The four lead runners passed through Washington Park mile 51 nearly an hour before the storm hit and ultimately were stopped at Hell’s Gate Aid Station and brought back down. 5th place and on back were held at Washington Park until the unanimous decision was made to cancel the race and avoid a potentially disastrous situation with dozens of more runners entering a fast deteriorating trail and high risk of flash flooding. Storms were forecast’d throughout the evening with more lightning. This proved to be accurate as it continued to downpour on and off, drenching an already saturated terrain further increasing flash flood risks long after the race was called off.
I know this region and these trails better than most anyone. I’ve spent an extensive amount of time on every section, in every kind of climate, weather, and scenario. While some runners are better suited for these challenging scenarios, with more experience in that kind of weather, the consideration for the safety of ALL runners had to be taken into account.
I don’t expect all the runners to agree with this decision. Nor do they need to. I have a responsibility for the safety of all the runners, volunteers, crews, and these take priority over qualifying for Hardrock, reaching a personal running goal or obtaining a buckle. It is very unfortunate and disappointing for all of us. I spend a great deal of my time, my weekends, my evenings and my free time in general, on top of a very busy work schedule, to put on this race with the help of a lot of friends and volunteers. I’ve heard people complaining that we canceled the race “because it was raining.” That is not accurate. Because of the excessive rain, and the terrain of the area, we are heavily prone to flash flooding in the area. Both the runners and along the control road where all the runners family and crew were driving to meet them. I’ve heard the Bear 100 rained for 12 hours and they didn’t cancel their race. Bear is in Utah. We are in Arizona. You can’t compare the two just because they both had raindrops. Different terrain, different landscapes, significantly different flash flood potentials.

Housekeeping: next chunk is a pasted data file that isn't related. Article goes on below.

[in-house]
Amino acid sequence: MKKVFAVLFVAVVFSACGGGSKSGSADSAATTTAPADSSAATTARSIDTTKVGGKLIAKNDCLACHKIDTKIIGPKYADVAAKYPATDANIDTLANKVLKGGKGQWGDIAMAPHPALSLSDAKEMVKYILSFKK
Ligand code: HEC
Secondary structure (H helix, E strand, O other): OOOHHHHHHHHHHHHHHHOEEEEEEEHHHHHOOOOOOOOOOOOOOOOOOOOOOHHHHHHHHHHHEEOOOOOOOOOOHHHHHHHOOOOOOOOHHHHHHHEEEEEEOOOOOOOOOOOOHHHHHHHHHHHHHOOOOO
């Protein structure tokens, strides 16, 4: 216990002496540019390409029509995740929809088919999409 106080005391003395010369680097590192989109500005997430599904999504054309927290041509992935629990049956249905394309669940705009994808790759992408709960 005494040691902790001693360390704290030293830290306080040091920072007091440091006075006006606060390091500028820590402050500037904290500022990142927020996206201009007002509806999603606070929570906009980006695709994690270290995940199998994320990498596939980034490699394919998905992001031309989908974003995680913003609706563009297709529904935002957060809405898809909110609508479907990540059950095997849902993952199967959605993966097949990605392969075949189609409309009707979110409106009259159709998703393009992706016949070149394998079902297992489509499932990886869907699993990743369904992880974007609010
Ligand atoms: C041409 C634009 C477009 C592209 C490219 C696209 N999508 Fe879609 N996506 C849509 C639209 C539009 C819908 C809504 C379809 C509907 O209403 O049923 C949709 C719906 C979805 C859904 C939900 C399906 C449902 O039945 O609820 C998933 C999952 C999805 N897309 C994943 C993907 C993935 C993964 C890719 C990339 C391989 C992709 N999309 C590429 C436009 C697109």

For those that are downright angry with me for making this decision I ask for you to take a deep breath. It’s just running. It’s just a race. I cannot control the weather and I stand by my decision as the right one. There is an overwhelming number of veteran ultrarunners, RD’s that were present and those in the race itself that stated their agreement with the decision based on the facts at hand. This wasn’t a decision that was made lightly or one that any of us wanted to see happen. We spent the next four hours after the cancellation working to orchestrate an evacuation of all the runners from the course that chose not to run the safer sections coming down the Rim to Washington Park. Crews, volunteers, HAM radio support were incredibly generous with their time and vehicle space to get people back to Pine. We had all the runners accounted for by 9pm and everyone off the course.
I am truly greatful for all the support from the runners coming off the Rim for 51 miles and their understanding of the decision. Your overwhelming support is appreciated. Hopefully in 2015 we can have weather more in line with the first two years, 75 and sunny.